I have a 99 GMC Sierra with the 4.3. It has 196000 miles and runs great. I recently had to replace the distrubutor. After I buttoned everything up I fired her up checked everything went for a test drive and when I got home I had no oil pressure so I parked it. I have replaced the oil pump and the oil pressure switch. I checked the pressure with a mechanical gauge and still have almost no oil pressure. I don't get it never had any oil pressure issues before. It all started after changing the distributor. Also when I dropped the oil pan I had alot of sludge in the bottom. My truck doesn't rattle, knock or anything it runs perfect other than low oil pressure. Is there anywhere else I can check oil pressure?
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You may have a bad oil sending unit this is located under the hood near the oil filter two wires are connected to it. i would change this and see if your problem persists, if so you could have an oil pump you wont hear anything until its too late. 20 psi is all you need to keep it alive. good luck
have it tested using a manual gage if still low then main baring ore most likely bad that would mean a over hall if is really low and bearings bad should be making rattle noise when started up first few seconds
While engine is running, open the cover where you add oil to engine and see if you see a good flow of oil, if good flow, could be as easy as replacing oil sending sensor. got to realize that if poor maintenance history your engine may not be building enough pressure at iddle to move your hydraulic operated valves, only when you rev it up it will pump enough to run smooth. if running engine too long, you may cause more damage to other engine components such as crankshaft and cam shaft bearings. if you can spare a few bucks, have a good mechanic check your oil pressure with a mechanical gauge. another cheap option is to replace oil pump. last resort if you love your truck as much as we do,replace engine or rebuild it. At 205,000 this is a normal symptom, other than timing chain problems, most engines don't make it that far. hope this helps!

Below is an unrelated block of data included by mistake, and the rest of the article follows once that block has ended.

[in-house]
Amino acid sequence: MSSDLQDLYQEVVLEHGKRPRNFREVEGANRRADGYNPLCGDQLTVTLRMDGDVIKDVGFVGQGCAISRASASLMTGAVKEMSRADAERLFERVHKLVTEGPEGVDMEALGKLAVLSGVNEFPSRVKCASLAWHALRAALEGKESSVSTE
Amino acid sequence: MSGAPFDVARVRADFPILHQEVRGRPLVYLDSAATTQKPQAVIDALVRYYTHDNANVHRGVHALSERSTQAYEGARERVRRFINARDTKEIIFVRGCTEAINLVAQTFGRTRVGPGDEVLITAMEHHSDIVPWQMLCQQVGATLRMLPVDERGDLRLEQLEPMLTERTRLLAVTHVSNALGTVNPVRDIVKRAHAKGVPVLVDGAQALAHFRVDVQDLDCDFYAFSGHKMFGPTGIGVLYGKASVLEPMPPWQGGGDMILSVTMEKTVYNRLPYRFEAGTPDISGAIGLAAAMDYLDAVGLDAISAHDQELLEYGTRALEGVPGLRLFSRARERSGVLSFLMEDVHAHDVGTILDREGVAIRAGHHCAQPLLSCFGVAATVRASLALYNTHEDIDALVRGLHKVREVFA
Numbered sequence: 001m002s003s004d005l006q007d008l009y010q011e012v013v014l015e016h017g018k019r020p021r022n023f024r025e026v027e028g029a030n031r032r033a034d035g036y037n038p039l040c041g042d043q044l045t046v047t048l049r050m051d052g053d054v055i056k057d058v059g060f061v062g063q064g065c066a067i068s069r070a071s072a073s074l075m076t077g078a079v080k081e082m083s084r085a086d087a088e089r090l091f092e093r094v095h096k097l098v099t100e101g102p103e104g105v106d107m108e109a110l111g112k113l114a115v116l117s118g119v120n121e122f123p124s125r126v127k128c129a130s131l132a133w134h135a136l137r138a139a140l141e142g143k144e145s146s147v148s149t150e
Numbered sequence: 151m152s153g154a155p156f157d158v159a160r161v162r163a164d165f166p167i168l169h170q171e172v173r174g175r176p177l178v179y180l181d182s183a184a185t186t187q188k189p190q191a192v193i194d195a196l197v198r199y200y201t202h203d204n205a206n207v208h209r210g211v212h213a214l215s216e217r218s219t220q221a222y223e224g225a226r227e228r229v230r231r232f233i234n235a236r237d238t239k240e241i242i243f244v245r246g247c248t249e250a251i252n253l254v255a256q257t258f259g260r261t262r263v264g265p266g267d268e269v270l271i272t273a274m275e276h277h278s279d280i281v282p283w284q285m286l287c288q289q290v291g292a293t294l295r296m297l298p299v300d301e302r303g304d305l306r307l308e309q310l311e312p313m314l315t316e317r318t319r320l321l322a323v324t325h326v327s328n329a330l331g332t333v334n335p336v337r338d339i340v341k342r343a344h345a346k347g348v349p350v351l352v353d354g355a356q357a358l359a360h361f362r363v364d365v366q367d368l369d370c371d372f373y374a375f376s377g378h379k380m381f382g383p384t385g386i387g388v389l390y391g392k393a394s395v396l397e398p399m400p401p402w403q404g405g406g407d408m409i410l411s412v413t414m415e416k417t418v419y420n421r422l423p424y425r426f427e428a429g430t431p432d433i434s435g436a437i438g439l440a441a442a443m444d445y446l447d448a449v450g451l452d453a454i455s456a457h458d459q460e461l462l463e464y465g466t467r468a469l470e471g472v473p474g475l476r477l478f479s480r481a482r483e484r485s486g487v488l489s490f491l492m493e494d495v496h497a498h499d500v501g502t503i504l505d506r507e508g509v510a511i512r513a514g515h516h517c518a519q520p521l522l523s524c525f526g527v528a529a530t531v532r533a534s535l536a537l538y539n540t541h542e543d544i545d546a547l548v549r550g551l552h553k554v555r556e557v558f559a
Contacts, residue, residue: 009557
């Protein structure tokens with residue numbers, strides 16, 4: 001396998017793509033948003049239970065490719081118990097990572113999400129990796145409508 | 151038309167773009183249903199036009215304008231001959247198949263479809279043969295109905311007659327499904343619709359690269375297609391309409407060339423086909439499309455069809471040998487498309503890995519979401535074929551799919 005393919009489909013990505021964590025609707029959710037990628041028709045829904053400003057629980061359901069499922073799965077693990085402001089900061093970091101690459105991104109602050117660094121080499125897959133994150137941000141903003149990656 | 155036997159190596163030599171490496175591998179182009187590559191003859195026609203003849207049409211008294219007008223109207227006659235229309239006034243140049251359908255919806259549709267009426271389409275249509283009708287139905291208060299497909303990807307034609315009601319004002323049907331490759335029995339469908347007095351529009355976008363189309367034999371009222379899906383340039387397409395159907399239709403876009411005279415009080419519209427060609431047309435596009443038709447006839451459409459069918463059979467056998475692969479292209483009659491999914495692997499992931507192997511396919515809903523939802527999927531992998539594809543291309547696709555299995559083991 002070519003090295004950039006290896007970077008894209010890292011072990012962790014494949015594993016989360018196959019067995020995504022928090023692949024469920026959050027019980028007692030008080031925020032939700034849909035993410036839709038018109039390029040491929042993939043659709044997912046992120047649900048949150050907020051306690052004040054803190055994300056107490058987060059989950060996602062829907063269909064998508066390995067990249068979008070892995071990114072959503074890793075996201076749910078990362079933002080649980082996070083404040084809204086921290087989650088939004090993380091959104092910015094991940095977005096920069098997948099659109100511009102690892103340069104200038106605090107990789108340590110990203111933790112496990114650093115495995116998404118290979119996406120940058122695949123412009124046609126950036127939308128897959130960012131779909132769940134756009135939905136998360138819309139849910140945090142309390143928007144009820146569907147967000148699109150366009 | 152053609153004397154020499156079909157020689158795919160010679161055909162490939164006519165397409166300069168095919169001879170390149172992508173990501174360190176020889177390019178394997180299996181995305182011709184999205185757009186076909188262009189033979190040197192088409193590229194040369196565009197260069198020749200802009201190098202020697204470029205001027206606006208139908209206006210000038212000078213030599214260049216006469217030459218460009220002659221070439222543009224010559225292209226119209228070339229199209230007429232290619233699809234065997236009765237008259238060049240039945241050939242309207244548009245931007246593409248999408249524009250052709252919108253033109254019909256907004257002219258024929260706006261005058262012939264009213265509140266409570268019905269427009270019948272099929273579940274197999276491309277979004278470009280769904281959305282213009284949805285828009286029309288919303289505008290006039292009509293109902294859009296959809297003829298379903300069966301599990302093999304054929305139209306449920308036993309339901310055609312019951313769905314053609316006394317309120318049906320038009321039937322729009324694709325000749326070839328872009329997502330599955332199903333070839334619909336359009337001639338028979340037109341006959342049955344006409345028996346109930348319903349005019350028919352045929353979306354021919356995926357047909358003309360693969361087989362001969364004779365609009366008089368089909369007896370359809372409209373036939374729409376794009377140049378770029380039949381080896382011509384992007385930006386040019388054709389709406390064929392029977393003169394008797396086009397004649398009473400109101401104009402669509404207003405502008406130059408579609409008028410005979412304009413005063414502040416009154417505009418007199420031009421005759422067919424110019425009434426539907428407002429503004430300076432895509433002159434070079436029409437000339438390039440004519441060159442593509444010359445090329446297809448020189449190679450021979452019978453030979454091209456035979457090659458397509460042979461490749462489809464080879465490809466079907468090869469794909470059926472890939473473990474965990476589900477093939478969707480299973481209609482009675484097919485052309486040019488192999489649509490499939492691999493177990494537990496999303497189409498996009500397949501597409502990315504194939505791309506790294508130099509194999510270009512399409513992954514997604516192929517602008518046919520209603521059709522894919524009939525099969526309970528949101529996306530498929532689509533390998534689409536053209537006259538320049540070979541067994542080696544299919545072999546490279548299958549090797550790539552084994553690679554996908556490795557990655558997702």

If you are using the gauge that came with the vehicle it's accuracy is not great. These gauges were designed so that at a glance you can see the needle is pointing basically to the middle of the dial. As long as the needle is more od less there, you're okay but the numbers mean nothing due to the gauges in accuracy. If you really want to check the oil pressure, the procedure is pretty easy but requires decent equipment as well as the knowledge of where to tap into the pressurized oil system.
Nope, normal on start up is 60 PSI and once warmed up drops to 45 psi. Have the oil pressure checked for a proper reading during start up's when the engine is cold. As for the lifters ticking, that may be a sign that the engine was ran with low oil pressure or no oil and the lifters are damaged, or low oil pressure and the lifters are starved of oil. Try not to drive it and have a proper oil pressure reading, low oil pressure will damage the engine by having the main crank bearing to spin which is a engine replacement. Good luck and keep me posted.
30-40 psi of oil pressure is fine for many vehicles including your GMC. I am assuming that the truck has more than 100,000 miles on it and still has the original engine in it. By rule of thumb you only need 10 psi per 1000 rpms in a typical street driven engine to give adequate oil pressure to keep the bearings from oil starvation. The oil pressure is typically higher when initial start up occurs because it is more viscous due to the temperature of the oil as the engines oil warms up the visconsity thins out and the oil flows more smoothly. The drop in oil pressure is a normal occurance. Above 45 is more than required for a daily driven street engine. I believe that the specs on that engine only list 30- 45 psi.